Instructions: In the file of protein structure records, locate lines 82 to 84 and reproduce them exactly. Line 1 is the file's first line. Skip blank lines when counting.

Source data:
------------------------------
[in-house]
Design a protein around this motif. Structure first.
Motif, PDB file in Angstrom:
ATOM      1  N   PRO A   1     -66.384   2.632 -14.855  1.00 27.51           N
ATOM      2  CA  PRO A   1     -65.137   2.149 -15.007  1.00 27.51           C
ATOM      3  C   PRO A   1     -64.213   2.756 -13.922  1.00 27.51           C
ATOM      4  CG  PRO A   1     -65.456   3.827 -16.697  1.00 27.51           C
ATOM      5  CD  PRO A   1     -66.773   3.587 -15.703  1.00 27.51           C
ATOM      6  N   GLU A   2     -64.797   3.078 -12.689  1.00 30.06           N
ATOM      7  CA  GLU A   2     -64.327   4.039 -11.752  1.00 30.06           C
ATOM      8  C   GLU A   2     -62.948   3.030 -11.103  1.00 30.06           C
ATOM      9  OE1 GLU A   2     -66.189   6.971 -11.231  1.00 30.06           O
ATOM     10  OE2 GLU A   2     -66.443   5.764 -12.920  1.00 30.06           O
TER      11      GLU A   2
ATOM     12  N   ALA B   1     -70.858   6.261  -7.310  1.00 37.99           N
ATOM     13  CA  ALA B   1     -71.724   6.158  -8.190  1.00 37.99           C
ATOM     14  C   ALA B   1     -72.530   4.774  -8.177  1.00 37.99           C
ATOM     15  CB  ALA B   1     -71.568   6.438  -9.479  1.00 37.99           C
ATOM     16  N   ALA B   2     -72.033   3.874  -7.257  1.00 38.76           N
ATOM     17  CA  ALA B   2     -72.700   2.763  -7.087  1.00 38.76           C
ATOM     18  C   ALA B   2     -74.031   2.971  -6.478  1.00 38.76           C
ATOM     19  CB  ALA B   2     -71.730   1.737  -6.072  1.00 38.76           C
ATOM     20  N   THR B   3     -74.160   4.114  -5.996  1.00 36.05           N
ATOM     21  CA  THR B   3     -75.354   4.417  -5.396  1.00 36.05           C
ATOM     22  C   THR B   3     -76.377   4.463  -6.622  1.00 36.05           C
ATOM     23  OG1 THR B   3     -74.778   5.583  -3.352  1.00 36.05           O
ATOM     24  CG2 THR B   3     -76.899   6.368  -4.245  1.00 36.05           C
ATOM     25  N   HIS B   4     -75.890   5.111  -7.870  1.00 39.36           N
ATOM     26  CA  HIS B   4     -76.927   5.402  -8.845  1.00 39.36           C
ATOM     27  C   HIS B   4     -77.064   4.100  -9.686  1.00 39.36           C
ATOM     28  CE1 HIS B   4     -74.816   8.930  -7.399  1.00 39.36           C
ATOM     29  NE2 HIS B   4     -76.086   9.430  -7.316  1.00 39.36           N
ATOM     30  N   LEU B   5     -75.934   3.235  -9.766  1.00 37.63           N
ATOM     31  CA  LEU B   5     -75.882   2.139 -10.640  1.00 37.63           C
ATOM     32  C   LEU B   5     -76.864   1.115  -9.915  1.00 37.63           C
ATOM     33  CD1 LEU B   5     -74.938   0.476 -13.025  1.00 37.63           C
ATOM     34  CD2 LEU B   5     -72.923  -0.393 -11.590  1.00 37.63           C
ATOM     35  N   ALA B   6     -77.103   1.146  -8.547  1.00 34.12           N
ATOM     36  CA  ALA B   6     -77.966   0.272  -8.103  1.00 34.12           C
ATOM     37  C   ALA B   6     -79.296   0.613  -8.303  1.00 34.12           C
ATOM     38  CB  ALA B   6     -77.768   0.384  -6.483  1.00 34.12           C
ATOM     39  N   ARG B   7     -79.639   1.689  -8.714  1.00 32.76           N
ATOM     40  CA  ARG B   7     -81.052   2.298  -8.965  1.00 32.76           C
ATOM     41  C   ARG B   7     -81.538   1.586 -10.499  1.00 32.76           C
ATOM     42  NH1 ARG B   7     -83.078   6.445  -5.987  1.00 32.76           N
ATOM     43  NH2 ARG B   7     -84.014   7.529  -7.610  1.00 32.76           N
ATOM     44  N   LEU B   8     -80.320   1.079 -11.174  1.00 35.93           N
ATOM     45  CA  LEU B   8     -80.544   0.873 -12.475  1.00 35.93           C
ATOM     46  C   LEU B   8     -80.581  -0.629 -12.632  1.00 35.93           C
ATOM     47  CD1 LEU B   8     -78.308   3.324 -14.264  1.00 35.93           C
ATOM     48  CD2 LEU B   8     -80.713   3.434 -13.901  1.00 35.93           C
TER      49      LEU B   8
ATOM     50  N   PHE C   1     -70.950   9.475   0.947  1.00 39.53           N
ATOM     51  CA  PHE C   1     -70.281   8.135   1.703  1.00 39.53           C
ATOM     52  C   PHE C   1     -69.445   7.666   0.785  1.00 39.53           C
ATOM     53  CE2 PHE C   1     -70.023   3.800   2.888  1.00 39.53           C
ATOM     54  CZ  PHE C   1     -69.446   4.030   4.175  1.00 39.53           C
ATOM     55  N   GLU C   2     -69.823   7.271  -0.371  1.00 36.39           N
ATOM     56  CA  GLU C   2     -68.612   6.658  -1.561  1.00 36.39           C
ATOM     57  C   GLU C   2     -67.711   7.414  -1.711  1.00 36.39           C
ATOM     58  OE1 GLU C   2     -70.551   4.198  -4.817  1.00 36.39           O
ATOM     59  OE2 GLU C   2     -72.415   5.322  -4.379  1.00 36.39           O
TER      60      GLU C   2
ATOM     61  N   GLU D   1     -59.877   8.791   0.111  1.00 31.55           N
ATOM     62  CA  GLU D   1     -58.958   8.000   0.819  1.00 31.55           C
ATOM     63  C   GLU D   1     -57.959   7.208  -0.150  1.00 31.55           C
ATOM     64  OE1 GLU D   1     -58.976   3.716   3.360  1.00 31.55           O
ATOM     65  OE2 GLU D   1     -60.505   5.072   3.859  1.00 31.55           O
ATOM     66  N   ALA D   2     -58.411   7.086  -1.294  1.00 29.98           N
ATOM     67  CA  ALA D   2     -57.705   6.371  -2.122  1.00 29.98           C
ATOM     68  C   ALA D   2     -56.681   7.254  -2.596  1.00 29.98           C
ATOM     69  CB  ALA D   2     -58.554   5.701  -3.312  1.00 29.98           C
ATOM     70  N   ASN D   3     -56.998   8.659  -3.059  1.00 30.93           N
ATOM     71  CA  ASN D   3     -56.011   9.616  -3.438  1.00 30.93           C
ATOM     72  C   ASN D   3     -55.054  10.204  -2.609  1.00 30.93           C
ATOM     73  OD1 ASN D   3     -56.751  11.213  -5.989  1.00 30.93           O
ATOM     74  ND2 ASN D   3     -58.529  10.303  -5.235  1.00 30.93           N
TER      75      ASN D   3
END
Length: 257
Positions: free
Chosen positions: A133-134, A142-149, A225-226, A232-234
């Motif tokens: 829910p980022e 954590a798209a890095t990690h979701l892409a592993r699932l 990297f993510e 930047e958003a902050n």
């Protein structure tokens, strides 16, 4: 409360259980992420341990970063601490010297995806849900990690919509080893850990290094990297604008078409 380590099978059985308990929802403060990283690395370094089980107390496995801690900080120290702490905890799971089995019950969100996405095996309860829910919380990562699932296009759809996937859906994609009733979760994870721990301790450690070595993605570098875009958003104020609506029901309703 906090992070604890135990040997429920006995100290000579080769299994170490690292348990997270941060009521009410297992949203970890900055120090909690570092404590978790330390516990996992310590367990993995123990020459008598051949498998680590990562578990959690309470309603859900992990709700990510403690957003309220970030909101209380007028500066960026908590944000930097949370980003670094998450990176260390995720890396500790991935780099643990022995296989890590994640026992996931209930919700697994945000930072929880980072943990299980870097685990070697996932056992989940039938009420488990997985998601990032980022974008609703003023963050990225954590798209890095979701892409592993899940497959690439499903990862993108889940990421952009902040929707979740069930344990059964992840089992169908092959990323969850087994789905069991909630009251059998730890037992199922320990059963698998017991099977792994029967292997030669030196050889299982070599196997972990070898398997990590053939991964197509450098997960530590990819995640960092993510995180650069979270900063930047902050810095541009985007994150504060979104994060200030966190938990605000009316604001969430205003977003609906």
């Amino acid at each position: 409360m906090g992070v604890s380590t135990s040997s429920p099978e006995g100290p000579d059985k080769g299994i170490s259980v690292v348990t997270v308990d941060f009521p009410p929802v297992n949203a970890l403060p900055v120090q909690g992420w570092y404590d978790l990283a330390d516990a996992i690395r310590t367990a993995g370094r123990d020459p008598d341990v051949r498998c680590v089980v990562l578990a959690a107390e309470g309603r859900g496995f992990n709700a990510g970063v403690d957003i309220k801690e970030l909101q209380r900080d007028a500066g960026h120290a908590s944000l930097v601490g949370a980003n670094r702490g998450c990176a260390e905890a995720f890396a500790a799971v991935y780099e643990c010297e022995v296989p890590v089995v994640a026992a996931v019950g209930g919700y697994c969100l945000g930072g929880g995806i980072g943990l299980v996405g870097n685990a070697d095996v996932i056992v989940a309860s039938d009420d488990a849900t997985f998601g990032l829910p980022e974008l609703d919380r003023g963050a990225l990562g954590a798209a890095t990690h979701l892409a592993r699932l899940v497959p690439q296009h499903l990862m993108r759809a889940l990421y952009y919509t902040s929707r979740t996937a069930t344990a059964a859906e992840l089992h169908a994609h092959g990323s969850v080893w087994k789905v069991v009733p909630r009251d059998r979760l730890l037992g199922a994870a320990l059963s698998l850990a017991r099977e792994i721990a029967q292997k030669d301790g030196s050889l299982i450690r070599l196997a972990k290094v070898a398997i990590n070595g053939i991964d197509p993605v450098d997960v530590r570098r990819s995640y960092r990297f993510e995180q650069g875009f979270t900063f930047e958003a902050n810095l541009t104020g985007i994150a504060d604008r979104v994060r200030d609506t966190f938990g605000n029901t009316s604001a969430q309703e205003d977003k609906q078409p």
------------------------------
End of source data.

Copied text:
Chosen positions: A133-134, A142-149, A225-226, A232-234
């Motif tokens: 829910p980022e 954590a798209a890095t990690h979701l892409a592993r699932l 990297f993510e 930047e958003a902050n």
């Protein structure tokens, strides 16, 4: 409360259980992420341990970063601490010297995806849900990690919509080893850990290094990297604008078409 380590099978059985308990929802403060990283690395370094089980107390496995801690900080120290702490905890799971089995019950969100996405095996309860829910919380990562699932296009759809996937859906994609009733979760994870721990301790450690070595993605570098875009958003104020609506029901309703 906090992070604890135990040997429920006995100290000579080769299994170490690292348990997270941060009521009410297992949203970890900055120090909690570092404590978790330390516990996992310590367990993995123990020459008598051949498998680590990562578990959690309470309603859900992990709700990510403690957003309220970030909101209380007028500066960026908590944000930097949370980003670094998450990176260390995720890396500790991935780099643990022995296989890590994640026992996931209930919700697994945000930072929880980072943990299980870097685990070697996932056992989940039938009420488990997985998601990032980022974008609703003023963050990225954590798209890095979701892409592993899940497959690439499903990862993108889940990421952009902040929707979740069930344990059964992840089992169908092959990323969850087994789905069991909630009251059998730890037992199922320990059963698998017991099977792994029967292997030669030196050889299982070599196997972990070898398997990590053939991964197509450098997960530590990819995640960092993510995180650069979270900063930047902050810095541009985007994150504060979104994060200030966190938990605000009316604001969430205003977003609906």